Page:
Record magazine’s intimate look at musicians

by Grace Wang in February 2017
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When I first came across Record Magazine, I was taken by its tasteful design. On pocket-sized, glossy pages, they packed assertive photography, punctuated with an elegant custom typeface, profiling some of the most interesting individuals who work in music.

But it wasn’t until I read an interview with Tim Sweeney, the authority behind online radio Beats In Space, that I got completely sucked into their world. The long form interviews, paired with intimate photography of homes, studios and neighbourhoods, make you feel invited into musicians’ creative sanctuaries. We talk to editor Karl Henkell to find out more about the magazine.


What makes Record magazine different to other music titles?
The motivation for doing the magazine is to get an insight into the artists’ real lives. The most likely interaction you might have with these artists is by seeing them live or listening to their music, so there is a fair amount of mystery about their day-to-day lives. We’re more interested in what an artist listens to at home, than what they are putting on their new album, for example. It’s about getting to know the artist behind the music.

I really enjoy the long format, Q+A style interviews — I find them more intimate and conversational, especially when paired with images from the musicians’ homes and neighbourhoods.
We want the reader to feel invited to enter the artists’ worlds. Ideally people will feel like they know the person being interviewed much better after reading the long form interviews, and the photos of the artists’ homes or studios give a better idea of the life they lead. We hope these things combined, make for quite an intimate read.


How do you select the artists to interview?
They are all people we are curious to talk to, mostly ones that are involved in music in some way, either as a producer, DJ, radio host or record label owner. Often the artists are connected to each other in one way or another. By choosing subjects from all around the world, we get a global perspective on similar topics, which is nice. The internet makes the music world very accessible, and we find it interesting that common threads exist between people that live in different parts of the world.

Tell us about some musicians from issue two, who you were especially excited about.
I was particularly excited about the Mark Barrott feature in issue two. He lives in Ibiza, so it was a challenge to produce the photoshoot, but the photographer Bastien Lattanzio happened to be on holiday there so it worked out. Mark is a curious character. He is originally from the UK, and now lives in a quiet part of Ibiza producing quite calm, healing music full of nature sounds. He runs the record label International Feel, that has been a leader in the resurgence of balearic influences in dance music. It fits the sunsets of Ibiza perfectly. He has an interesting perspective on meditation and simplicity when it comes to producing music.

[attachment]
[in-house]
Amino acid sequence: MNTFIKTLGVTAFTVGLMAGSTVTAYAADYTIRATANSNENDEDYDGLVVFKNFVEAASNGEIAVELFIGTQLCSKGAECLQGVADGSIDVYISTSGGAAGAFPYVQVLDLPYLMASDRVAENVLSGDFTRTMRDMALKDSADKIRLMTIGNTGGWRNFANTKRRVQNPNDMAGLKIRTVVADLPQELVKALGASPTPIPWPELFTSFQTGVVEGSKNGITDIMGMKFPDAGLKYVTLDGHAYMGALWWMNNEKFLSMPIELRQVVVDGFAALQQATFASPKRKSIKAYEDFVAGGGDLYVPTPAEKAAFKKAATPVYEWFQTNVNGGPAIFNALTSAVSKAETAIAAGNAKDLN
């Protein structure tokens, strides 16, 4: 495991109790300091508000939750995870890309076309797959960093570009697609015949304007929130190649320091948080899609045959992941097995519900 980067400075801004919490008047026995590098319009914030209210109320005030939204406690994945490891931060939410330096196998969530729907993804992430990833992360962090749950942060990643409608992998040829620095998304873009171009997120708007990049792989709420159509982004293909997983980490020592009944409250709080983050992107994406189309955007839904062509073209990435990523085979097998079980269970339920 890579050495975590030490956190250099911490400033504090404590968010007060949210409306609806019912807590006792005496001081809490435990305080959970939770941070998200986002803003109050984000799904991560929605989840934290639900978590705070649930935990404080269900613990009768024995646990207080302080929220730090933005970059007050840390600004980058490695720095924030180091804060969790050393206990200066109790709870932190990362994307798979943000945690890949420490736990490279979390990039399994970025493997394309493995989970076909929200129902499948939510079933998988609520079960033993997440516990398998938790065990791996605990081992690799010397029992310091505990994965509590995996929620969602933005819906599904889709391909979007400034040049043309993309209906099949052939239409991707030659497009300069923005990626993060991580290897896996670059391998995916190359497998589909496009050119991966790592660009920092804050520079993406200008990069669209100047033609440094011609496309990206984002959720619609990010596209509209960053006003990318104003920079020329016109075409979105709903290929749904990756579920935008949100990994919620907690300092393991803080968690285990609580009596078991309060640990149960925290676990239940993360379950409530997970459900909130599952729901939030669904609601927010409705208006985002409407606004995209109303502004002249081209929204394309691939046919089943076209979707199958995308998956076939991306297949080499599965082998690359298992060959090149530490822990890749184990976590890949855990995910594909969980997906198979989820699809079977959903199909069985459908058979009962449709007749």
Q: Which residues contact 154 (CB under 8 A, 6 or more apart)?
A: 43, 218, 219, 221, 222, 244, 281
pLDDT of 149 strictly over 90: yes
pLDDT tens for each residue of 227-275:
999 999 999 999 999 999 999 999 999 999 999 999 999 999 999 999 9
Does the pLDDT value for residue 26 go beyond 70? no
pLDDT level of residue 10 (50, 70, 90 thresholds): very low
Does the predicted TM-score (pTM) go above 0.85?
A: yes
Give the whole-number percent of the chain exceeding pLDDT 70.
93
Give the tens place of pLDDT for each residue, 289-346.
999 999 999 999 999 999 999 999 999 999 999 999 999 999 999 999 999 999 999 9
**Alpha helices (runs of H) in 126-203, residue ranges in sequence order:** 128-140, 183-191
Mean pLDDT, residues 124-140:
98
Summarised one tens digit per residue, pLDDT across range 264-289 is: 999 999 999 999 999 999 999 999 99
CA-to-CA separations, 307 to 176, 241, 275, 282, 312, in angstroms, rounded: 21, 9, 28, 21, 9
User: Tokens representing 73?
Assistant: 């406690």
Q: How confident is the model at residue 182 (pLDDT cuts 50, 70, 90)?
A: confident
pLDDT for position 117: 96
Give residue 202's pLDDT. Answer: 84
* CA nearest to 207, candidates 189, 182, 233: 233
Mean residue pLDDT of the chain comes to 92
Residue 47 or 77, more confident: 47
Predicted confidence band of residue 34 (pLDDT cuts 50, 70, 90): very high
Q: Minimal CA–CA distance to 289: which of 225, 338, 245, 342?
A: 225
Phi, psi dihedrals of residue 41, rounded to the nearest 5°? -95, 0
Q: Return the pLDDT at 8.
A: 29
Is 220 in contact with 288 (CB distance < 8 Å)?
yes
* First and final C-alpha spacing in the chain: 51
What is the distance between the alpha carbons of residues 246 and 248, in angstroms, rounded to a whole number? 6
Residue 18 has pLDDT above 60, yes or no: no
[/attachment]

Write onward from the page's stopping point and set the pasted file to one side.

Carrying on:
Speaking to Luke Jenner was also particularly insightful. He is the lead singer, guitarist and songwriter of The Rapture, who really rode the rollercoaster to the top of the indie pop world. He spent months on tour with Robert Smith of The Cure, and even had the late David Bowie tell him he listens to his music while doing his laundry. What’s interesting about Luke is that he has had time to process all of the things that being in a successful band entails. For him that involved confronting the fact that despite the enormous success of the band, he was still unhappy.

The Danny Krivit interview is a history lesson in the New York disco scene of the late ‘70s. He touches on his friendship with Chic guitarist Nile Rodgers, his time supporting legendary DJ Larry Levan at the Paradise Garage, and about downsizing his enormous vinyl collection. Am I giving too much away?


Are you seeing a parallel between the resurgence of records and print magazines — an increase in people wanting something permanent and tangible?

I’m seeing a lot of new record shops open up, which is great to see, and points to the fact that people are buying them again. I think we are at a point where the tangible and intangible is finding a happy medium. There is no denying the ease of streaming music from your phone, but it’s hard to feel as invested in music you access easily. Like with anything, adding an element of risk and challenge enhances the experience. Playing a vinyl record, taking an analog photo, reading a print magazine, are all still enjoyable experiences.

If you could recommend some protest records/music for dark times, what would they be?

When I think of protest music, I think of the first record by The Clash. A song that resonates with me in these times is ‘This Is Not America’ by David Bowie and Pat Metheny Group. I think uplifting music is the right antidote though, Sade’s ‘Stronger Than Pride’ from ’88 is a good one.

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